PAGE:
More than 1,300 people from around the world spent the weekend of President Abraham Lincolns 213th birthday vying for some of the most significant and compelling pieces of Lincolnalia to come to auction in decades. And by the time Heritage Auctions
two-day near-sellout Lincoln and His Times event concluded Sunday afternoon, it realized $4,264,724, becoming Heritages most successful Americana event in the auction houses 46-year history.
As the auction unfolded, we could tell this was going to be a special event, says Curtis Lindner, Heritage Auctions Director of Americana. We always knew we had exceptional material, and the collecting community agreed.
The Lincoln and His Times Americana & Political Signature® Auction spanned the course of Lincolns life and career, from his days of practicing law in Springfield, Ill., through his wartime presidency. The events top lot a custom pocket knife, in its original presentation box, gifted to Lincoln for attending the Great Central Sanitary Fair in Philadelphia on June 16, 1864 was gifted to Lincoln during his final appearance at an event during which money was raised to aid wounded Union soldiers.
The knife, which sold for $519,000, spoke to the heart of the auction: It offered collectors the opportunity to hold something Lincoln once had in his hands, and presented them with what Lindner calls the ability to possess something seen only in photographs or read about in the numerous rich histories of Abraham Lincoln.
The offering is a remarkable keepsake on its own, from its engraving to its oak presentation box made from the same wood and iron that supported the Liberty Bell. But it was accompanied by something equally remarkable: a thank-you note from the Executive Mansion, which, like many of the documents in this event, was later published in The Collected Works of Abraham Lincoln. It was signed, Your Ob't serv't, A. Lincoln.
That brief missive was among the numerous letters offered in the auction penned and signed by Lincoln, including the oft-collected and oft-quoted Dec. 22, 1862, letter the president wrote to the Army of the Potomac following its demoralizing defeat at the Battle of Fredericksburg nine days earlier. It sold for $325,000.
Lincoln was devastated by the Union's defeat at Fredericksburg, yet he summoned strength enough to issue a public letter of commendation to the troops, in the hopes of mitigating its impact and boosting morale. That letter, later turned into a broadside for mass distribution, had not appeared at auction for decades and was a centerpiece of this extraordinary event, as it spends precious few sentences speaking volumes about the man who wrote and signed the document.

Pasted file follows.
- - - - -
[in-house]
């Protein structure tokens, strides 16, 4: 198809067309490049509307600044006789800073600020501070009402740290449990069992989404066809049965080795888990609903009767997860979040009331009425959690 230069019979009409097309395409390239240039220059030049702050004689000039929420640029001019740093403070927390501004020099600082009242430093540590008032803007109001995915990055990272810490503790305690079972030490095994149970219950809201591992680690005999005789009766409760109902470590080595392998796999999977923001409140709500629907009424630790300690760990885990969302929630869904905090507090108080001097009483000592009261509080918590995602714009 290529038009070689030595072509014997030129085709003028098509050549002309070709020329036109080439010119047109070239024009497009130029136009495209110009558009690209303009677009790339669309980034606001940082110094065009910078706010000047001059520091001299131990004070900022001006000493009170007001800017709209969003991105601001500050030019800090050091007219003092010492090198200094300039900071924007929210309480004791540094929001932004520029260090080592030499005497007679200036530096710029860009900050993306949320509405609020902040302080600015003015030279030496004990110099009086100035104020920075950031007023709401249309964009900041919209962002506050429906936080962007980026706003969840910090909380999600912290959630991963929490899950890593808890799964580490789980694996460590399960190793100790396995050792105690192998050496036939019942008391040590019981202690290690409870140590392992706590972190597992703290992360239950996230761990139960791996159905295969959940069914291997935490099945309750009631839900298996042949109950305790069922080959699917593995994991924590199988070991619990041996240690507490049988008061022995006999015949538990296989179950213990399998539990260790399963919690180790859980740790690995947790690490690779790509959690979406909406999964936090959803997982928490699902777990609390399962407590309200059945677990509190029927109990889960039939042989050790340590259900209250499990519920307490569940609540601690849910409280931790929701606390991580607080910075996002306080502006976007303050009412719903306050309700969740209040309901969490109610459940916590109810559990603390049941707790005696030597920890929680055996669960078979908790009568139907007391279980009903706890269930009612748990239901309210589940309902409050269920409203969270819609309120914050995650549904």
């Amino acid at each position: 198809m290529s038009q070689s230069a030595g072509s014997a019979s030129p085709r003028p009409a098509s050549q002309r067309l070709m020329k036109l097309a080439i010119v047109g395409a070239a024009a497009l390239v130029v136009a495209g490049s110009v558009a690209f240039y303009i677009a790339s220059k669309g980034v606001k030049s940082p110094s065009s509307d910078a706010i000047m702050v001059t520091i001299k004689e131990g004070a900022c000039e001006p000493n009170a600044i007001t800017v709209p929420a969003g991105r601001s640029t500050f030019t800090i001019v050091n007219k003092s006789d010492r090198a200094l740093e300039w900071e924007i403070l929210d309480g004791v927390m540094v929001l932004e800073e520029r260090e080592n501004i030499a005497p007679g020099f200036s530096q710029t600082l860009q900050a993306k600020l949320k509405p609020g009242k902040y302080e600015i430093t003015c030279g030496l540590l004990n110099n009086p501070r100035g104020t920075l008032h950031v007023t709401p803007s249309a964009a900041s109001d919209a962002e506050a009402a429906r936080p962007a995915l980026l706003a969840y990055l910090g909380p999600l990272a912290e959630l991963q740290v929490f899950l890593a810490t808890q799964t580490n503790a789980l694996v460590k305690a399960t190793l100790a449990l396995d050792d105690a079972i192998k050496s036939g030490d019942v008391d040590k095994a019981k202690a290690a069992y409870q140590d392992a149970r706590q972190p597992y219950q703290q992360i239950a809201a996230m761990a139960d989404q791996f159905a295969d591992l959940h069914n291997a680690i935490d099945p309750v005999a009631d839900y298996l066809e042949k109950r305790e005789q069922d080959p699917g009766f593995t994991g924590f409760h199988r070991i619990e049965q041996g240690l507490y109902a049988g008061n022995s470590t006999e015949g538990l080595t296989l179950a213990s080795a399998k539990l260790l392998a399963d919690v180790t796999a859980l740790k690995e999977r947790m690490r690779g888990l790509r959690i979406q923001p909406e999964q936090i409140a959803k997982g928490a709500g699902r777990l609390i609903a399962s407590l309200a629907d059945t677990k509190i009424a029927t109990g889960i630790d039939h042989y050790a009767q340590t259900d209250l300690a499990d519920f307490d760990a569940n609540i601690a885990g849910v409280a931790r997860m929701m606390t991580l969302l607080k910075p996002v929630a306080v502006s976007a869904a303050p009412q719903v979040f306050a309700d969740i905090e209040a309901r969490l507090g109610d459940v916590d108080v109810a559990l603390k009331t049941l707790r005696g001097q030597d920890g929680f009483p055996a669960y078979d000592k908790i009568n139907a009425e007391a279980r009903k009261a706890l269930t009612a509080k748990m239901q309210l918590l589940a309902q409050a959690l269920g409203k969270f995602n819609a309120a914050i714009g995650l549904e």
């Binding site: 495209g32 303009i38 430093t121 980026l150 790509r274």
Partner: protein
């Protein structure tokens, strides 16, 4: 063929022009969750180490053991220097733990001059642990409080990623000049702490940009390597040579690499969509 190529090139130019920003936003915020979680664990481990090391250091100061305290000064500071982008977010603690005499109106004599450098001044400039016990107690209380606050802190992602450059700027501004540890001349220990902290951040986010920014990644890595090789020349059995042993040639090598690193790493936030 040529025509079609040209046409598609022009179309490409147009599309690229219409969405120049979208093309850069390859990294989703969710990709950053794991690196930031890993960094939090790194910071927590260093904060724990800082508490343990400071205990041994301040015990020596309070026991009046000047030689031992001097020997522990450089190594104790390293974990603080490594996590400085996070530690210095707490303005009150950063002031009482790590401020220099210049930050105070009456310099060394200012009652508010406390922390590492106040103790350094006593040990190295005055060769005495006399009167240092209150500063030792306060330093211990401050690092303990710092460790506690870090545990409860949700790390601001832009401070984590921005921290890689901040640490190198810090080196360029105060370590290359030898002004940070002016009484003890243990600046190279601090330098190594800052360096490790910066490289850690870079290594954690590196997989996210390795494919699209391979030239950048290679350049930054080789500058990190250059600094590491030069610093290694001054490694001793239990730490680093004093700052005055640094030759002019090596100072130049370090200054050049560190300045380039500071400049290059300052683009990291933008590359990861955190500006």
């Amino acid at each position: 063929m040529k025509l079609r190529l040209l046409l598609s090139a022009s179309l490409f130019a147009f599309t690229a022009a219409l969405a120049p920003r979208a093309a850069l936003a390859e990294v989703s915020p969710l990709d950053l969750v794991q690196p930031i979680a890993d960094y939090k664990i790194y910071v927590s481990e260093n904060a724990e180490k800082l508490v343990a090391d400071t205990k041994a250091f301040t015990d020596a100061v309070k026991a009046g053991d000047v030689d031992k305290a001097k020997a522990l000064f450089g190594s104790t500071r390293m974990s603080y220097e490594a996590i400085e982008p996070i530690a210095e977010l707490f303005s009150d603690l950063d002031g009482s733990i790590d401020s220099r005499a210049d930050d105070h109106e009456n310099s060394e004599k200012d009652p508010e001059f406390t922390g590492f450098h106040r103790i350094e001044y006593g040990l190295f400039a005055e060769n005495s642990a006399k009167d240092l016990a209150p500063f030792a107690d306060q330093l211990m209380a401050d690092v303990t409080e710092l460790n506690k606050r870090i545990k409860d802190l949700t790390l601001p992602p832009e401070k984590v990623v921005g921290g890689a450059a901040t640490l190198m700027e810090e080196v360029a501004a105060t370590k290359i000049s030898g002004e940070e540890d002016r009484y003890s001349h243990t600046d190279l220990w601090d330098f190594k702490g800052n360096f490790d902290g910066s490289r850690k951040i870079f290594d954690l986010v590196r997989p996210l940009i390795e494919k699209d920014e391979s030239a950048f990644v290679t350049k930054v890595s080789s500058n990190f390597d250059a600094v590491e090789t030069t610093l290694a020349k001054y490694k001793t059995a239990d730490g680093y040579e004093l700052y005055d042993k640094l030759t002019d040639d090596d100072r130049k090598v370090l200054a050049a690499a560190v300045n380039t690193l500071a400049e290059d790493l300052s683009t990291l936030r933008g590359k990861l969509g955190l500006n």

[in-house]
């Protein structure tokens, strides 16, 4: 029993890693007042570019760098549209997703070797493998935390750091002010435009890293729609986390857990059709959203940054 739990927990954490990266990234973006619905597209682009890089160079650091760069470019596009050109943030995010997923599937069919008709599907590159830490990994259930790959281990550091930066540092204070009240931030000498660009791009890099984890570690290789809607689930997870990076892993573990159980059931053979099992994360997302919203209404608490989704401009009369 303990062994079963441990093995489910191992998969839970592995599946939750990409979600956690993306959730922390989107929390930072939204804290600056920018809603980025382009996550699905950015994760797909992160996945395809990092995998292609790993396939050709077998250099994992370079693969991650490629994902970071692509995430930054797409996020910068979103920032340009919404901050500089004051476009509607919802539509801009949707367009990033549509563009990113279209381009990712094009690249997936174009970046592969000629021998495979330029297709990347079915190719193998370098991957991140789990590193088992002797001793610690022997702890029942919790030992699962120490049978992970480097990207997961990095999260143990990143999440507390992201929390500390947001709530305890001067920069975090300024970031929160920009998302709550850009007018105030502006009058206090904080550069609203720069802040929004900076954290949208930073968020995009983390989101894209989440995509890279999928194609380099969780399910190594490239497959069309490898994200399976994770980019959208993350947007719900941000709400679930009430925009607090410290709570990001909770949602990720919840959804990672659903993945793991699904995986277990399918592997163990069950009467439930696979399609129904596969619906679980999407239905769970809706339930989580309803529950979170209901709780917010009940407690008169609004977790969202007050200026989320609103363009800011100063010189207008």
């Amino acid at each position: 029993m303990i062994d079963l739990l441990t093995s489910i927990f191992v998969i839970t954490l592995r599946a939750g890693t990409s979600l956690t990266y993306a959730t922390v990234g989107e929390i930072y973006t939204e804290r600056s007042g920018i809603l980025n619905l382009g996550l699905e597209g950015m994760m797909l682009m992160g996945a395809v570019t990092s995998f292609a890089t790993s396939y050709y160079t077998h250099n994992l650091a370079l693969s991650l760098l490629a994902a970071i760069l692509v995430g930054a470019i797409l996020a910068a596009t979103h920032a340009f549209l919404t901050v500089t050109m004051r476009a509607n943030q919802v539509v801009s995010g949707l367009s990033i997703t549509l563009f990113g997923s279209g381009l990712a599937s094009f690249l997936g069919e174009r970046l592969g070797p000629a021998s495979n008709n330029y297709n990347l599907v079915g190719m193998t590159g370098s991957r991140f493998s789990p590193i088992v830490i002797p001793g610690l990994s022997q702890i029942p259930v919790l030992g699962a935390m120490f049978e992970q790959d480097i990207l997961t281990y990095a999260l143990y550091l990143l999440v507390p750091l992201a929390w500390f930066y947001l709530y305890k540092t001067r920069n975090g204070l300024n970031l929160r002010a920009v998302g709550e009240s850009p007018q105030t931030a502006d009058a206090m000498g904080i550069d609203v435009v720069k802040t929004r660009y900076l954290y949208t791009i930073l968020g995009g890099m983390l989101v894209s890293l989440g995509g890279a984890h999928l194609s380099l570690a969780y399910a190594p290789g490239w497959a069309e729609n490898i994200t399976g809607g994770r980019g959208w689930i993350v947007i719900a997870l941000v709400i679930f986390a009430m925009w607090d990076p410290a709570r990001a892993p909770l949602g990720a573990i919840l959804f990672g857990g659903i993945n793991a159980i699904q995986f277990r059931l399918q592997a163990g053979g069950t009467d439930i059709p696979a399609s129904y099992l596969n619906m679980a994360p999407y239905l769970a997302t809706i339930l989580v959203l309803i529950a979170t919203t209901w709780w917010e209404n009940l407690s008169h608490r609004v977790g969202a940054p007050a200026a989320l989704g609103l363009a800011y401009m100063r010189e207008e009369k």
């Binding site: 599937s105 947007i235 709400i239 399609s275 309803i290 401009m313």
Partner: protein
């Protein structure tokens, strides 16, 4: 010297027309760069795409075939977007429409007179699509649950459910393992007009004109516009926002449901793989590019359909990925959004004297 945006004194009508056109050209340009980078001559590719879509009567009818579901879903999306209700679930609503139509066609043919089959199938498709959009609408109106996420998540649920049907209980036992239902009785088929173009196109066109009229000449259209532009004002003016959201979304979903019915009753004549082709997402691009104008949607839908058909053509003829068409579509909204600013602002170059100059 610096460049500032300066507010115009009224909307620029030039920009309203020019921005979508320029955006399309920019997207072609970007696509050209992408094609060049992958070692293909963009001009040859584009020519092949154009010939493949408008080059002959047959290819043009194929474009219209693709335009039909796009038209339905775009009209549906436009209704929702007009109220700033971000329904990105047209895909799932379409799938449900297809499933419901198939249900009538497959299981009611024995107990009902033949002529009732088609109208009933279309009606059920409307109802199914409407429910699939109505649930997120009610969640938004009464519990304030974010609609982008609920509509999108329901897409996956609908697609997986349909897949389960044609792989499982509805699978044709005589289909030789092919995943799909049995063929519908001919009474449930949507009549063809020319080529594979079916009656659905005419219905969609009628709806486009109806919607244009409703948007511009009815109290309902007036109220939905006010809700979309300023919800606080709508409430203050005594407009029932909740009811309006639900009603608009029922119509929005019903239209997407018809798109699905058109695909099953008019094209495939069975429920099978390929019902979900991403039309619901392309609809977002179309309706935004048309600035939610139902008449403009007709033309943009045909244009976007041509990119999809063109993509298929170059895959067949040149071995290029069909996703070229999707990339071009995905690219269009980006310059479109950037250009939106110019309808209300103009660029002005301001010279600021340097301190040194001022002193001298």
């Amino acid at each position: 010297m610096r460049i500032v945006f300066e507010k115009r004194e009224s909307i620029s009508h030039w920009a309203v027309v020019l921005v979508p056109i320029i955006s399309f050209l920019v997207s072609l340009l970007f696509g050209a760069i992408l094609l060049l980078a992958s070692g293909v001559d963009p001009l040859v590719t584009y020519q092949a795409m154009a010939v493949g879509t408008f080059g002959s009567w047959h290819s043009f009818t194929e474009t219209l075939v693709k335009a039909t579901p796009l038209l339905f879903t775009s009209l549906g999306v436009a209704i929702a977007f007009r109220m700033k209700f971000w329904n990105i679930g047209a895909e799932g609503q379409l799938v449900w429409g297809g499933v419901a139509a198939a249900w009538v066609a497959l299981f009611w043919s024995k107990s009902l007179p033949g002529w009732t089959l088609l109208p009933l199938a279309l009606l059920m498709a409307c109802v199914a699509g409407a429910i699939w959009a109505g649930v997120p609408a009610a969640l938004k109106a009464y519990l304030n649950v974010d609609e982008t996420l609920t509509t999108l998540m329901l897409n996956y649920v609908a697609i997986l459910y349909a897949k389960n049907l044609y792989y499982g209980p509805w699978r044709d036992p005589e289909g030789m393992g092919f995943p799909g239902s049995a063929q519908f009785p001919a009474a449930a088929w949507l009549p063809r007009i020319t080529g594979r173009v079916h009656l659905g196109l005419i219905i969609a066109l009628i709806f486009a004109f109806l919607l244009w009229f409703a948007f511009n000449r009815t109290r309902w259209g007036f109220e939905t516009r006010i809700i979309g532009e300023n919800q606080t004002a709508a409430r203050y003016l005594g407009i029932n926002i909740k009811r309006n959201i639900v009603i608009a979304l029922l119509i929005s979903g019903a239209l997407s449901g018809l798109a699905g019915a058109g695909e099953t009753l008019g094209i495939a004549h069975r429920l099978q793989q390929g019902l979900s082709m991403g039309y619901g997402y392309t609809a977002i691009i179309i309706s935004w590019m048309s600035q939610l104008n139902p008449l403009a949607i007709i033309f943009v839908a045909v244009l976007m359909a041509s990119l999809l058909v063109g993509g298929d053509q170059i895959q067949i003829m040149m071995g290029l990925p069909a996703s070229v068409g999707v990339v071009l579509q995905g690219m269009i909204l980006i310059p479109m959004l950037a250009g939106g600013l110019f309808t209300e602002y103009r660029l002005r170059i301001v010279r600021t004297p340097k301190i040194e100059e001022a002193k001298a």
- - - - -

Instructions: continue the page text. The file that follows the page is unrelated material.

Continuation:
Another Lincoln landmark offering was available in this auction: an original draft manuscript petition of the Thirteenth Amendment to the U.S. Constitution, which abolished slavery in the United States. This draft signed by Schuyler Colfax, Speaker of the House of Representatives; Hannibal Hamlin, Vice President of the United States and President of the Senate; and 107 members of the 38th Congress is among the most significant documents Heritage Auctions has ever had the honor of offering.
One of the few surviving original duplicates of the joint resolution outlawing slavery sold Saturday for $262,500. Until last weekend, it had not been publicly available for more than a decade.
Lincolns personal copy of his portrait bust by Chicago artist Leonard Volk realized $399,000, befitting its significance and provenance. It was made before Lincolns nomination as the Republican presidential candidate and presented to the Lincolns by Volk in May 1860. Upon their departure for Washington, D.C., the following year, the Lincolns gifted the portrait bust to Rev. Noyes Miner, a Baptist minister who lived across the street from the Lincolns in Springfield. Until this auction the bust had remained in the familys possession; this was the first time it had appeared at auction.
There were several significant items, too, tied to the presidents death, among them the brass key to the private box of Fords Theatre, which Lincoln and his wife Mary occupied the night of his assassination. The key, which sold for $495,000, most recently belonged to Dr. John Lattimer, the esteemed Columbia University urologist who was also a renowned collector of relics related to, among other subjects, Lincolns death.
Of course, this auction was filled with far happier moments and memories, as well, including an oversized Lincoln and Hamlin campaign flag that came directly from the family of its original owner, Samuel Park, who carried it during an 1860 Ohio torchlight parade supporting Lincoln and running mate Hannibal Hamlin. It brought $125,000.
This auction also counted among its offerings numerous rare and coveted items signed by Lincoln, including a carte de visite taken by Mathew B. Brady in Washington, D.C., on Jan. 8, 1864, signed by the president. That piece fetched $81,250.
The continued interest in Lincolns handwritten letters and personally owned items, including the presentation knife, continues to show the influence and respect collectors have for this great man, says Heritage Auctions Executive Vice President Joe Maddalena. We were honored to bring these extraordinary materials to Heritages collector-clients, as it was a thrilling way to spend his birthday.
Lindner says what was most apparent over the weekend was the appetite for material that has not appeared on the market for years, if ever.
And going forward, he says, we feel the momentum will continue, which is why were so excited about the Inaugural J. Doyle Dewitt Collection Americana & Political Signature® Auction on March 19, which features among its hundreds of historic offerings at least 50 more related to Lincoln. That auction, too, will contain some items that have not appeared on the market in more than 50 years. It promises to be yet another historic event at Heritage.